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3.72 of 5 stars 3.72  ·  rating details  ·  29 ratings  ·  7 reviews
"Generation" is the story of the exciting, largely forgotten decade during the seventeenth century when a group of young scientists-Jan Swammerdam, the son of a Protestant apothecary, Nils Stensen (also known as Steno), a Danish anatomist who first discovered the human tear duct, Reinier de Graaf, the attractive and brilliant son of a rich and successful Catholic architect ...more
ebook, 352 pages
Published December 1st 2008 by Bloomsbury Publishing PLC (first published 2006)
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Jul 28, 2007 Chelsea rated it 4 of 5 stars  ·  review of another edition
Recommends it for: people who did not spontaneously generate themselves
Kurt laughed at me for checking this book out from the Berkeley Public Library when I don't live in Northern California. And he was right to because I'll probably end up paying overdue fines/shipping costs enough to buy my own hardcover copy, but sometimes I see things in the library and get really excited and can't help myself.

I wished that this book was longer. It's jovial but clearly written by someone who has a soft spot for embryology/development. Whenever I read scientific papers that have
You mean women can't give birth to rabbits or kittens?

Only a few hundred years ago that was big news. So was the idea that insects reproduced at all. (People thought they just grew out of rotting meat.) It took a lot of work to figure this out and this book is the story of the men who were determined to do so.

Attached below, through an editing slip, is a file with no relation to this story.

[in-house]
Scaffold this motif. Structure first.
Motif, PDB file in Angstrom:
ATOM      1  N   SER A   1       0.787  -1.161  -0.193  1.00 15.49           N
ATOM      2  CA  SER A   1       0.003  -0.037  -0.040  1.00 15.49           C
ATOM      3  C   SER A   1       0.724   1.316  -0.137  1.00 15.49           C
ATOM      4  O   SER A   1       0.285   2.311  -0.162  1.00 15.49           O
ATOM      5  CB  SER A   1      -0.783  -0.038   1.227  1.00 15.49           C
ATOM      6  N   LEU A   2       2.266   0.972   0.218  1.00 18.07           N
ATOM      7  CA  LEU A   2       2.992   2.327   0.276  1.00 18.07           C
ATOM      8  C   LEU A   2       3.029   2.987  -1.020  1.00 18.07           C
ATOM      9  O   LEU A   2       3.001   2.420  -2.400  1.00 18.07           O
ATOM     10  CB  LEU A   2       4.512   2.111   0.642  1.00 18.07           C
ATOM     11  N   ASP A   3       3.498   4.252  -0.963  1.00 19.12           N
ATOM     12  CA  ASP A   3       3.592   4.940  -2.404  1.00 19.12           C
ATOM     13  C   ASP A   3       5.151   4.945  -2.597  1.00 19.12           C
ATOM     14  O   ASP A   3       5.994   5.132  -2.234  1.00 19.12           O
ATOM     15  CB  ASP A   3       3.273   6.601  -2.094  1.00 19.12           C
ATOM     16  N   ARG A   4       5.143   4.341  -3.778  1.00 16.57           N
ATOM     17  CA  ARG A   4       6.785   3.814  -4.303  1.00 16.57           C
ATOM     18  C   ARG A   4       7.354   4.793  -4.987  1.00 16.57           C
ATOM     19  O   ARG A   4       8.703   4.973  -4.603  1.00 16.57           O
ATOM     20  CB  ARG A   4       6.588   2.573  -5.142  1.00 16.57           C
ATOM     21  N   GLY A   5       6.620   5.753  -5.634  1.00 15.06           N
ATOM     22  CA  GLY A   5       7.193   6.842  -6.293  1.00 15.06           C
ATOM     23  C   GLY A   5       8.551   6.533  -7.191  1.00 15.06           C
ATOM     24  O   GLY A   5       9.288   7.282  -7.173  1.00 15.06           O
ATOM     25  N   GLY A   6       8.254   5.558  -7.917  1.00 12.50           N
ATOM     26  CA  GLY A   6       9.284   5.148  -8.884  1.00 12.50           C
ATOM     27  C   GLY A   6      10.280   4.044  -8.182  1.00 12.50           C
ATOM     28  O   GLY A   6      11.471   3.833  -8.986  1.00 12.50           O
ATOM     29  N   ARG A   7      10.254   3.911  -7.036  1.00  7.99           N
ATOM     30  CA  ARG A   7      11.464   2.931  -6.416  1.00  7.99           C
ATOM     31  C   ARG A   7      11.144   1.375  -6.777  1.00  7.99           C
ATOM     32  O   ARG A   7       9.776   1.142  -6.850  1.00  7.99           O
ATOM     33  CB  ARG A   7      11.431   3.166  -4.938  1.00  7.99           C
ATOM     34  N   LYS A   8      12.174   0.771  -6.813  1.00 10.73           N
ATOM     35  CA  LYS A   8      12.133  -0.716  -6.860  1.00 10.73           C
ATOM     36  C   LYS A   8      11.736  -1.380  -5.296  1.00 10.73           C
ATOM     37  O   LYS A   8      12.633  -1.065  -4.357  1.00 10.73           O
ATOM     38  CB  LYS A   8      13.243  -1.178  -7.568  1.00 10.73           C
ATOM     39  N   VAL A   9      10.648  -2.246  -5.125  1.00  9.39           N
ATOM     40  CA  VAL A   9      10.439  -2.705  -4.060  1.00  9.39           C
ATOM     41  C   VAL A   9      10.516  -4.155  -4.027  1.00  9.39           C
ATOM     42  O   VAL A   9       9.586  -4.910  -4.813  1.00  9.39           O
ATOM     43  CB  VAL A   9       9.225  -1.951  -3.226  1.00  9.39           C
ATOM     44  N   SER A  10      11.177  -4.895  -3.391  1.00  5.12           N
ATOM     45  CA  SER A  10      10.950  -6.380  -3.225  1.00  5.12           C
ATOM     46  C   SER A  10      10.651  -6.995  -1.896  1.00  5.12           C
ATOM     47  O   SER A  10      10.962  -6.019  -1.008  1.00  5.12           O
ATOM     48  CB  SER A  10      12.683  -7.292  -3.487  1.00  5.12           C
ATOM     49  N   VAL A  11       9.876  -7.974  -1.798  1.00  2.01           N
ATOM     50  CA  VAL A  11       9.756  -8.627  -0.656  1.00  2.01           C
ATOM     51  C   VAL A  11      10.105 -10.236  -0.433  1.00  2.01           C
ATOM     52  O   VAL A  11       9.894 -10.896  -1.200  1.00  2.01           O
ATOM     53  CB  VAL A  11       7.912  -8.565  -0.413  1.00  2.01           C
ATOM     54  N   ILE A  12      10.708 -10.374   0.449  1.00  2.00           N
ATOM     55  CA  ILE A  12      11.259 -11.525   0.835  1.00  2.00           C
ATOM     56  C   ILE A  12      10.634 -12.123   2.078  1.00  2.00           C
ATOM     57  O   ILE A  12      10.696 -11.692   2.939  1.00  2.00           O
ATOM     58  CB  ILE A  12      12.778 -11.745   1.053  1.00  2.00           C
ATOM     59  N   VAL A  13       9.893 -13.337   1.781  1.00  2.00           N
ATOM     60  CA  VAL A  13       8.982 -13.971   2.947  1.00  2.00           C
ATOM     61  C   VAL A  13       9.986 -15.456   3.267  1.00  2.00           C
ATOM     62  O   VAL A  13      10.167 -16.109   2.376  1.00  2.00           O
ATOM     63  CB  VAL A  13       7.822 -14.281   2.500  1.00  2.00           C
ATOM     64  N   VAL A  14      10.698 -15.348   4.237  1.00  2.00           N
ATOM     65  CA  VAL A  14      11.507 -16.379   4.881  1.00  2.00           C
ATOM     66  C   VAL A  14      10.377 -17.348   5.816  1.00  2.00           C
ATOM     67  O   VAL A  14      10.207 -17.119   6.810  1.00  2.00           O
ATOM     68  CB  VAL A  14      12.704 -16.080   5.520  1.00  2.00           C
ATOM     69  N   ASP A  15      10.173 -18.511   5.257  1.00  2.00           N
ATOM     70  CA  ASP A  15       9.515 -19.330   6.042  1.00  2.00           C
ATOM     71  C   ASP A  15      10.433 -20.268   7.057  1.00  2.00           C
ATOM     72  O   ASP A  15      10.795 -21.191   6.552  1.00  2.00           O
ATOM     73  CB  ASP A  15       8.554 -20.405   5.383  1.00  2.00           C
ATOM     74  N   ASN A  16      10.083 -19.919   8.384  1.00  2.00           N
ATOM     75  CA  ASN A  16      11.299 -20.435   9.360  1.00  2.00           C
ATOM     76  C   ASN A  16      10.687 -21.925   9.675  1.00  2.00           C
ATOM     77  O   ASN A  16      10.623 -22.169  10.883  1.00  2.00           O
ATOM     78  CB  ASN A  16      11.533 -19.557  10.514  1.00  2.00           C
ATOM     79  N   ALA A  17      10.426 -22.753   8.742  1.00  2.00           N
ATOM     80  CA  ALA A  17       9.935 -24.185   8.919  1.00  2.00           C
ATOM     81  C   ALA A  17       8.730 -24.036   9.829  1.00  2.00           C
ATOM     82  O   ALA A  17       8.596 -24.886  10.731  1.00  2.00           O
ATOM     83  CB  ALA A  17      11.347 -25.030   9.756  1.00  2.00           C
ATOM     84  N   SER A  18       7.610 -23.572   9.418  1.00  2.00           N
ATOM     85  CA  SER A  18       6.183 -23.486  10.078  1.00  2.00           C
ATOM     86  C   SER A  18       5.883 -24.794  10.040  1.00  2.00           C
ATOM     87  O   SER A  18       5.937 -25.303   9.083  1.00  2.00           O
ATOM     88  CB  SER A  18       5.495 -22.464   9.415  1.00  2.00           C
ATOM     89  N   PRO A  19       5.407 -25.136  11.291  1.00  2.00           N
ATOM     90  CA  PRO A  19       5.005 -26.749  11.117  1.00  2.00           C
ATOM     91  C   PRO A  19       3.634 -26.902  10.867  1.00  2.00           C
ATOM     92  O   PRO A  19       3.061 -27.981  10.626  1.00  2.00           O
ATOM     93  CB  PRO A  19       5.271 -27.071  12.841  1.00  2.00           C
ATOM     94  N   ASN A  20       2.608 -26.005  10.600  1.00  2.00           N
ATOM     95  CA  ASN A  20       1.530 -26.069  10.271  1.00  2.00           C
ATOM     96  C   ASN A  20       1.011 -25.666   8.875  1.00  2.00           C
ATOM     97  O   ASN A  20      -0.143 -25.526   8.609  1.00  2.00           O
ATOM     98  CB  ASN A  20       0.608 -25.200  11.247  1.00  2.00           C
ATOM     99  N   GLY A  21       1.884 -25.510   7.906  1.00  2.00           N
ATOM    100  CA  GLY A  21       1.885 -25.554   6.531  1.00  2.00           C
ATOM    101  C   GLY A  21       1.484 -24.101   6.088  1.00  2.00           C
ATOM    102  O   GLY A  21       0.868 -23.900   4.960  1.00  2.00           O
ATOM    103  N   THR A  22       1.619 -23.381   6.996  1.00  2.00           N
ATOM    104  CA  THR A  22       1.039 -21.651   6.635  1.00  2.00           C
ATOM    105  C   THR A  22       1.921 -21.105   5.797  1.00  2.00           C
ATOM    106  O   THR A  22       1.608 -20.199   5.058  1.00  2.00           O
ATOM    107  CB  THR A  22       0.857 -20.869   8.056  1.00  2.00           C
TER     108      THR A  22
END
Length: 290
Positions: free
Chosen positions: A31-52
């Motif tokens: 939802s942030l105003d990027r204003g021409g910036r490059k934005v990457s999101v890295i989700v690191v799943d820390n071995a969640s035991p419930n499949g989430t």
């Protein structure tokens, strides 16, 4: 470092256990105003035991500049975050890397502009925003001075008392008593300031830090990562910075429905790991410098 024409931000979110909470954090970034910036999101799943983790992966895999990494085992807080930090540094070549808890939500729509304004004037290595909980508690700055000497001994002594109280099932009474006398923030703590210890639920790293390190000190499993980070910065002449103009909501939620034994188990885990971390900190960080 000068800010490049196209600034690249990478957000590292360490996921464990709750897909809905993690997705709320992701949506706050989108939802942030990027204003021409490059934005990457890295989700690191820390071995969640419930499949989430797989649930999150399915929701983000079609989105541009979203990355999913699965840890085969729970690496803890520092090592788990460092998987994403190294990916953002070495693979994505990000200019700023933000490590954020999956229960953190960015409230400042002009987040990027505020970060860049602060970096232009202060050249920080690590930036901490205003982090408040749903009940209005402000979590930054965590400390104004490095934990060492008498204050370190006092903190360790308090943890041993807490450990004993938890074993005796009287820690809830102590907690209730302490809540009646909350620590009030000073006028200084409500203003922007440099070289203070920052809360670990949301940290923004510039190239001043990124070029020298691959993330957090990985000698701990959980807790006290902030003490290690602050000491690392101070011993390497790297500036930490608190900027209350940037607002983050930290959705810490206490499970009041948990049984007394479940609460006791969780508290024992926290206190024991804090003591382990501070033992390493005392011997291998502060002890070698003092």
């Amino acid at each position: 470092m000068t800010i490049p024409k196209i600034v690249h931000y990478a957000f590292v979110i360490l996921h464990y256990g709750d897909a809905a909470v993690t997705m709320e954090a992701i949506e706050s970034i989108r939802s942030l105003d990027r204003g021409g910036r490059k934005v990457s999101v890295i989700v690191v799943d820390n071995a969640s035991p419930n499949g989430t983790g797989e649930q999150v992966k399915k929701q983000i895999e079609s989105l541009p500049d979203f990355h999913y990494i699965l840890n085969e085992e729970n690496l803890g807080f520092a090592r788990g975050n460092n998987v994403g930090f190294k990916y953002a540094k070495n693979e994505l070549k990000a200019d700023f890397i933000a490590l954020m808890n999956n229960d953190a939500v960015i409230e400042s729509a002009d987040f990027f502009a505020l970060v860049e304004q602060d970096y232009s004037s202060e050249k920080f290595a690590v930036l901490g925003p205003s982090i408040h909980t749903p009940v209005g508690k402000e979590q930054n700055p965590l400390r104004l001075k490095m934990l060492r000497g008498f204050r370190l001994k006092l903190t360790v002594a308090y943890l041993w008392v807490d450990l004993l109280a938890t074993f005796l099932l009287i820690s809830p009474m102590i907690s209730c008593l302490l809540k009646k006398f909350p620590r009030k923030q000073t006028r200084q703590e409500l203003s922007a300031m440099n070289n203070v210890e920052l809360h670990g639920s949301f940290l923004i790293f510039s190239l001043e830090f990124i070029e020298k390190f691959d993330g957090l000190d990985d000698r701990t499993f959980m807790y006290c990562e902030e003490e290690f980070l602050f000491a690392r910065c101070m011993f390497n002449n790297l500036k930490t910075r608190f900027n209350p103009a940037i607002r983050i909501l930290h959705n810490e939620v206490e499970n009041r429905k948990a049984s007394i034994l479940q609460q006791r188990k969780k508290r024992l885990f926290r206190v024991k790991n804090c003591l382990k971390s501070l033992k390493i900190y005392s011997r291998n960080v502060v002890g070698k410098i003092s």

You can't help but giggle at some of the theories that were proposed on the road to figuring out where we come from. Matthew Cobb tells the story with a great deal of intellectual wit and
Where does life come from? Until the 17th century, this question was answered with speculation and wild stories, including the concept of ‘spontaneous generation.’ In the 1660s and 70s, three scientists in the Netherlands were united by Leeuwenhoek’s invention of the powerful microscope. Despite their early discoveries in human and animal reproduction, generation still remained mysterious and controversial until well into the 19th century.
Because of my biology background, I wanted to like this more. I did find the first half of the book engaging, but I had to skim for the main ideas through the last half of the book because there was so much superfluous information and I had a hard time following Cobb's train of thought. As a scientist, I found the information about the beginnings and evolution of the scientific experiment process quite interesting.
It's not fair to the author that I read this very shortly after reading Sam Kean's great science history books (The Disappearing Spoon and The Violinist's Thumb). While the history is interesting, the author isn't the story-teller that Kean is. His style is dry and a bit stodgy. Still, I enjoyed the book. In the end, it gave me much food for thought on how young our scientific journey as humans really is.
very interesting and readable for a book on the history of scientific discovery. i was surprised at how much i enjoyed it.
fascinating so far.... you can't make scorpions by crushing a basil leaf between two rocks!
And interesting history of our understanding of generation (havin' babies) and the evolution of the scientific method.
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